Project Pigpen

As Neil and I get more and more into sourcing alternate avenues for food that distance us from the industrial agricultural machine, opportunities keep cropping up that we’d never have thought of.

The latest: our very own hog!

We’ve been looking around for some sources for purchasing an ethically-raised pig, but the local suppliers we’ve found so far have been somewhat reluctant to sell us a whole hog, wholesale. It’s understandable, since most of the local, ethically-raised pork product around here is in high demand, and what isn’t already claimed by restaurants can be sold at a much higher premium by the piece & pound than by the pig.

We were a bit stuck, until one visit from my mother-in-law. She casually mentioned that with all the food-waste from the lodge they run, their compost pile was getting out of hand and wouldn’t it be nice to have a pig or two around to eat it, and then have some lovely pork afterward?


She was concerned with the work it would take to make the pen, so we instantly volunteered to take care of it next time we visited, on the condition that we’d get a pig of our own out of the deal. She was sold, so the plans began.

(Backstory: the in-laws used to live on a farm. Neil’s a 4-H Champion Hogsman. Rearing livestock is not a foreign endeavor to them as it is to a city-dweller like myself.)

Wait until Spring

We also lucked out since they happened to have a whole bunch of spare wood around the lodge from some renos, so we were able to make the pigpen with $100 in new wood/concrete and the rest out of scraps. Had we been more ambitious with our salvaging, we might’ve been able to reduce that by another $10-$20 and building the walls entirely out of 1×6 rather than OSB.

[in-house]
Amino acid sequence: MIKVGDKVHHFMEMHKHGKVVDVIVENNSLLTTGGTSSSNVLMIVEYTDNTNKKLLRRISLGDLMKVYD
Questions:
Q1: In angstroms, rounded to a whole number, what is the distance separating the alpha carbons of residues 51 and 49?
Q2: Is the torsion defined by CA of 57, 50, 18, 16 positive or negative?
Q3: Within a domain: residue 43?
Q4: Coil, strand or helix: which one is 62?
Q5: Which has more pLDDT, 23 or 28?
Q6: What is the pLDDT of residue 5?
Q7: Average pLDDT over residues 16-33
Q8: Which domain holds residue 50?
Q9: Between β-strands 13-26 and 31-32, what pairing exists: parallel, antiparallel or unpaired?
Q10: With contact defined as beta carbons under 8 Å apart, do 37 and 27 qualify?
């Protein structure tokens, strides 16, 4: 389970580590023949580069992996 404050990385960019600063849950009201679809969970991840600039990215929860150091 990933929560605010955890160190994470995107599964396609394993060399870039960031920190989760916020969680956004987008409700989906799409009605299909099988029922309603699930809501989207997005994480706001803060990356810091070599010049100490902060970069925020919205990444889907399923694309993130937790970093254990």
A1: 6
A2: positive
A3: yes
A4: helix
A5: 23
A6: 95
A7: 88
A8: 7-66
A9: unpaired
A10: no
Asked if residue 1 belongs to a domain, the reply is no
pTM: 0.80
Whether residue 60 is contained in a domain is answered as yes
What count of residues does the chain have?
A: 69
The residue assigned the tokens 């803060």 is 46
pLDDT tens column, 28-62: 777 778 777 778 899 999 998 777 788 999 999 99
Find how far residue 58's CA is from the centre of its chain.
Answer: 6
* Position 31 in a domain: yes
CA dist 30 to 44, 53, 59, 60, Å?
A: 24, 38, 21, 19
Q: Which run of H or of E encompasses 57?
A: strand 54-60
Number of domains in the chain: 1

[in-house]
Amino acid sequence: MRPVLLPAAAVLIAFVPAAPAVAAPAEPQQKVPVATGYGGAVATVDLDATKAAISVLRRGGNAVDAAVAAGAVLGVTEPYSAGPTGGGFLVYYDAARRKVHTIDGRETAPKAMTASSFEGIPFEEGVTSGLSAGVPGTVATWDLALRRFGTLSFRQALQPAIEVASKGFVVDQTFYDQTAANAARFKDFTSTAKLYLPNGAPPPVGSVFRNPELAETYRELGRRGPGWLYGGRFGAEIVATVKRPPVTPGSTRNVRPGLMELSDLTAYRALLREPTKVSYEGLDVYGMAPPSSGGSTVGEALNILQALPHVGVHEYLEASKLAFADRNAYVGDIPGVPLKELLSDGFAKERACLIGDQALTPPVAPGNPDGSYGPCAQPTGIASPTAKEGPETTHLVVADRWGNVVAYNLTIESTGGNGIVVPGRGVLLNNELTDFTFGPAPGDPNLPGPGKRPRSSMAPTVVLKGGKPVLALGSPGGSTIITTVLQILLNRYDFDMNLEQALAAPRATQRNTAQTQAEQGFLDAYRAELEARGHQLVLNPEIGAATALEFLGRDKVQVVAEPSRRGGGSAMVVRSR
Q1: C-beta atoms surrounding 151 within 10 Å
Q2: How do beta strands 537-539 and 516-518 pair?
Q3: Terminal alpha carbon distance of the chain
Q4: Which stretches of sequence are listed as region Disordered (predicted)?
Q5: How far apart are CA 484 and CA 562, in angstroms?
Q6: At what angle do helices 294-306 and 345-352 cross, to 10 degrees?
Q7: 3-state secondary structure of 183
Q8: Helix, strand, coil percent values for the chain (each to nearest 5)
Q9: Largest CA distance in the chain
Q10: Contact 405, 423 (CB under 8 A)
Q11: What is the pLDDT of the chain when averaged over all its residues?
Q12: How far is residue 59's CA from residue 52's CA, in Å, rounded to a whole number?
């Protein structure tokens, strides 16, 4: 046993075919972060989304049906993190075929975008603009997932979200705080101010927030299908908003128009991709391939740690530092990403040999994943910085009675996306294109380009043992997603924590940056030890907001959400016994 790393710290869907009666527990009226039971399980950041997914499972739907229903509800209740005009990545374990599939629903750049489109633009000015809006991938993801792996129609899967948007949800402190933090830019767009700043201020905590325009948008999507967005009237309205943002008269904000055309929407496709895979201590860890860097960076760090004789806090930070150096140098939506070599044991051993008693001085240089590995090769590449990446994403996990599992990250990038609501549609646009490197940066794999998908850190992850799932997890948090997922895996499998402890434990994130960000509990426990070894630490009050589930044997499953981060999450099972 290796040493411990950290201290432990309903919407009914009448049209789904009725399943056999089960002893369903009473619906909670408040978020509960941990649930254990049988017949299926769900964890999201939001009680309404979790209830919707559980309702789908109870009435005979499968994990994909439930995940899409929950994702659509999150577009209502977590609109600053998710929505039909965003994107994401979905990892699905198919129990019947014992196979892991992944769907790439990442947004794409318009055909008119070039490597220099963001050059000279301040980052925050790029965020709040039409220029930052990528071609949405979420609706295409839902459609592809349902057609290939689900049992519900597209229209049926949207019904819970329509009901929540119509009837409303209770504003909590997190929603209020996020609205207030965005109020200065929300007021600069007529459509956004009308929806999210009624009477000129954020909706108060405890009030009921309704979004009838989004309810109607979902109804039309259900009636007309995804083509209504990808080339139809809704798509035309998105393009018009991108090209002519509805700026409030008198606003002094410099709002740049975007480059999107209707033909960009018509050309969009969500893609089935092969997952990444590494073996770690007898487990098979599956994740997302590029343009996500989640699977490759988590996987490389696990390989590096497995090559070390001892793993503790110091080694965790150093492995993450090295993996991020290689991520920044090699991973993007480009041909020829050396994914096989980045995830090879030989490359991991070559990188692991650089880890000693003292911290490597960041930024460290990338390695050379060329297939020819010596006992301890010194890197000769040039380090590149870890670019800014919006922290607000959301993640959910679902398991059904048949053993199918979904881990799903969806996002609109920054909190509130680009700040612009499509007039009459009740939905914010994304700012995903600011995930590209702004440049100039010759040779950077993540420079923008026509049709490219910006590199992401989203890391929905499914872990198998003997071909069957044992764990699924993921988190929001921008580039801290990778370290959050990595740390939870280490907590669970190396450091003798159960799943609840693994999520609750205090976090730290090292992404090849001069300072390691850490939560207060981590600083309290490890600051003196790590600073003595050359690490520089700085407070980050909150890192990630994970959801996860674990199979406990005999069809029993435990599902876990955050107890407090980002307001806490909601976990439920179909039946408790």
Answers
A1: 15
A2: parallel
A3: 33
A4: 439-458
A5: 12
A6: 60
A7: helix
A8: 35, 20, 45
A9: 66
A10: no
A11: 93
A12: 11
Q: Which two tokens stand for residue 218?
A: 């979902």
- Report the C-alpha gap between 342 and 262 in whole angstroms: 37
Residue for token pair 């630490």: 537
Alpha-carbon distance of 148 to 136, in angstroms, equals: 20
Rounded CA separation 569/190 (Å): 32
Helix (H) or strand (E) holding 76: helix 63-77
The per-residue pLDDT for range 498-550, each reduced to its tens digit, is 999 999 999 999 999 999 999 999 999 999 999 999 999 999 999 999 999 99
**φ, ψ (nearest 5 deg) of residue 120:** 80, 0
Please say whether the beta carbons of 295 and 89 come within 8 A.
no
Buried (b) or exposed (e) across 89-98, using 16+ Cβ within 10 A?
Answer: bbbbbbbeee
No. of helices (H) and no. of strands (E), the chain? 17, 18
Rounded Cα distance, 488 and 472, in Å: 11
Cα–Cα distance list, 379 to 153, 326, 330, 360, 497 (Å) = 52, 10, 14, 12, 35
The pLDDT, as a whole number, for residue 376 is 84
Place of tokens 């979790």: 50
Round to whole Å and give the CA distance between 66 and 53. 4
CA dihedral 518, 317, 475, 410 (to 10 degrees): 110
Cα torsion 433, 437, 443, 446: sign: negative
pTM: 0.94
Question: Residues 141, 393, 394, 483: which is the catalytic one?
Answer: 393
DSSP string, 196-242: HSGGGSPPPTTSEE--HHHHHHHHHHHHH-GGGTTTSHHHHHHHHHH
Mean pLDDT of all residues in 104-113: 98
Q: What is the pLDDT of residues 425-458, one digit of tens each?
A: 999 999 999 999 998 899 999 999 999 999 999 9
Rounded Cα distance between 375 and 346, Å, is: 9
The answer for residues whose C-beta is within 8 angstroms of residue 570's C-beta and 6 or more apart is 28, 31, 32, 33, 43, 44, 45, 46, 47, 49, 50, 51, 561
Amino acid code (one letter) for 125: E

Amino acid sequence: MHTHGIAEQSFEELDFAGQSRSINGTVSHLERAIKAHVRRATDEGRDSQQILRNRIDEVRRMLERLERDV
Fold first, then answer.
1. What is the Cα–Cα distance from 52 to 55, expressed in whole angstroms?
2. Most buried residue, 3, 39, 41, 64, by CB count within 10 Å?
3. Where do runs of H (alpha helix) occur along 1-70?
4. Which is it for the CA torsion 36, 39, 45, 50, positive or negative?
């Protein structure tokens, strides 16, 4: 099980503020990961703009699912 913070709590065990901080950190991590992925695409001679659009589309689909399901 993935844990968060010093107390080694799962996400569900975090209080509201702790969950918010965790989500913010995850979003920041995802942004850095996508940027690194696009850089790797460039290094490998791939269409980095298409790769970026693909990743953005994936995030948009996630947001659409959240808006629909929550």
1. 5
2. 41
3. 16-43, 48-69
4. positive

You can view the entire set of pen-pics on Flickr. It looks a bit like a bus-shelter on a patch of grass right now, but come Spring when we fence in the yard and add some hay, a trough and the piglets, hopefully it’ll look less forlorn and more farm-y.

And if all goes well (and the bears don’t do them in first) we should have an amazing porky feast in September 2010!

Restaurant Review – Vij’s

Last night, in honour of my 29th year, we finally FINALLY went to Vij’s. I can’t say “I don’t know why we waited so long” because I know precisely why I’d never been there – the actual matter of “waiting so long.”

Vij’s doesn’t take reservations. They open promptly at 5:30pm and it’s first come-first served. They do make the wait very pleasant, serving chai and Indian equivalents of amuse bouche (bouches? how does the plural work?) while people are waiting – but I am not the type who waits for things. I am impatient and usually busy and squish as much into my calendar as possible. Waiting an indeterminate amount of time to get into a restaurant to eat is not my bag.

And frankly, if that’s who you are, you do not deserve to dine at Vij’s. I certainly didn’t. Until I put away my manic, control-freak nature, went with the flow, and let the experience unfold.

We did show up at about 5:10, and were the 2nd people to be waiting outside the door. We wanted to show up extra early, since we had a large group. By the time the restaurant opened, there were enough people waiting to fill the dining room, and then some. Other than that, don’t worry too much about showing up a bit later. It looked like they’re pretty adept at turning tables, so if you’re not starving or on a deadline, chill out in the lounge and enjoy some chai.

The extra-awesome part about dining at Vij’s with a large group was sharing the food. I’m a big fan of Family Style dining, and can’t think of a better way to enjoy Indian food anywhere – let alone a place where everything on the menu looks so good, it’s hard to decide what to order!

We ultimately left the dining decision in the hands of the staff, asking them to bring six appetizers and six entrees for our table of nine. It was more than enough food for all of us!

Starters were:

Garam Masala sauteed portobello mushrooms in porcini cream curry (2 orders)
Mutton Kebobs with Bengali-style curry
Jackfruit in black cardamom and cumin masala (2 orders)
Curried Organic Chicken Liver Pate

Mains were: